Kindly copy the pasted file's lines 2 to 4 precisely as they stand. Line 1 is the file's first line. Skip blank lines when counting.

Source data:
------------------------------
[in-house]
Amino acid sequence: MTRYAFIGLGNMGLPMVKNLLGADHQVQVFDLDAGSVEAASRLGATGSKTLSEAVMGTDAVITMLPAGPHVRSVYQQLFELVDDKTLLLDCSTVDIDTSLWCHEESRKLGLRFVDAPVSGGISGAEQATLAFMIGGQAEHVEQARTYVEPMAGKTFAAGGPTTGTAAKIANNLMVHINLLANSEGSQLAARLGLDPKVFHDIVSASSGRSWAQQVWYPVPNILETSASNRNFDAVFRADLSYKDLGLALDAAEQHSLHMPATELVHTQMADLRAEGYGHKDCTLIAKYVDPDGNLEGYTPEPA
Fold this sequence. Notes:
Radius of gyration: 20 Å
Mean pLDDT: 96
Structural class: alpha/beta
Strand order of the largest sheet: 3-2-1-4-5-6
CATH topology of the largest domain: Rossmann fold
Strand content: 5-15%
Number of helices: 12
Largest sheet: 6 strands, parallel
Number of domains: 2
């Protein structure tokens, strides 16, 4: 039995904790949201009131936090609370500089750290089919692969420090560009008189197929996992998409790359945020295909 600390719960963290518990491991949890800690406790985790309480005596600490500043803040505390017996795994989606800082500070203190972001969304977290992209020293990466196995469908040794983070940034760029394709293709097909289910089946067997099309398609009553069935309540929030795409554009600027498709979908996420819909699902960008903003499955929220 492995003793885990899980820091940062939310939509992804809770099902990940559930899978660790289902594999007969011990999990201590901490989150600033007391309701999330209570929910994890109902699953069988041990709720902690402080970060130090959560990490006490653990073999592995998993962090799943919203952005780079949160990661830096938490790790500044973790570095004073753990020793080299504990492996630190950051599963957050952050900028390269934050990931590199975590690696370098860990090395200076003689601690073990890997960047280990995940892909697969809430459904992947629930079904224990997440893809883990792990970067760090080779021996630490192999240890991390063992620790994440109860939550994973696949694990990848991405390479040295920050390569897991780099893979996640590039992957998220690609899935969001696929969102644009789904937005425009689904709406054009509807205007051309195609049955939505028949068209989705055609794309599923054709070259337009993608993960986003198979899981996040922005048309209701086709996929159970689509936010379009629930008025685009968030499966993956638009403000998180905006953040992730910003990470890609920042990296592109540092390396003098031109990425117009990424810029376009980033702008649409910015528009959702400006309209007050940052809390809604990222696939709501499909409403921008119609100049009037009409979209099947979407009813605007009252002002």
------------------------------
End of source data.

Amino acid sequence: MTRYAFIGLGNMGLPMVKNLLGADHQVQVFDLDAGSVEAASRLGATGSKTLSEAVMGTDAVITMLPAGPHVRSVYQQLFELVDDKTLLLDCSTVDIDTSLWCHEESRKLGLRFVDAPVSGGISGAEQATLAFMIGGQAEHVEQARTYVEPMAGKTFAAGGPTTGTAAKIANNLMVHINLLANSEGSQLAARLGLDPKVFHDIVSASSGRSWAQQVWYPVPNILETSASNRNFDAVFRADLSYKDLGLALDAAEQHSLHMPATELVHTQMADLRAEGYGHKDCTLIAKYVDPDGNLEGYTPEPA
Fold this sequence. Notes:
Radius of gyration: 20 Å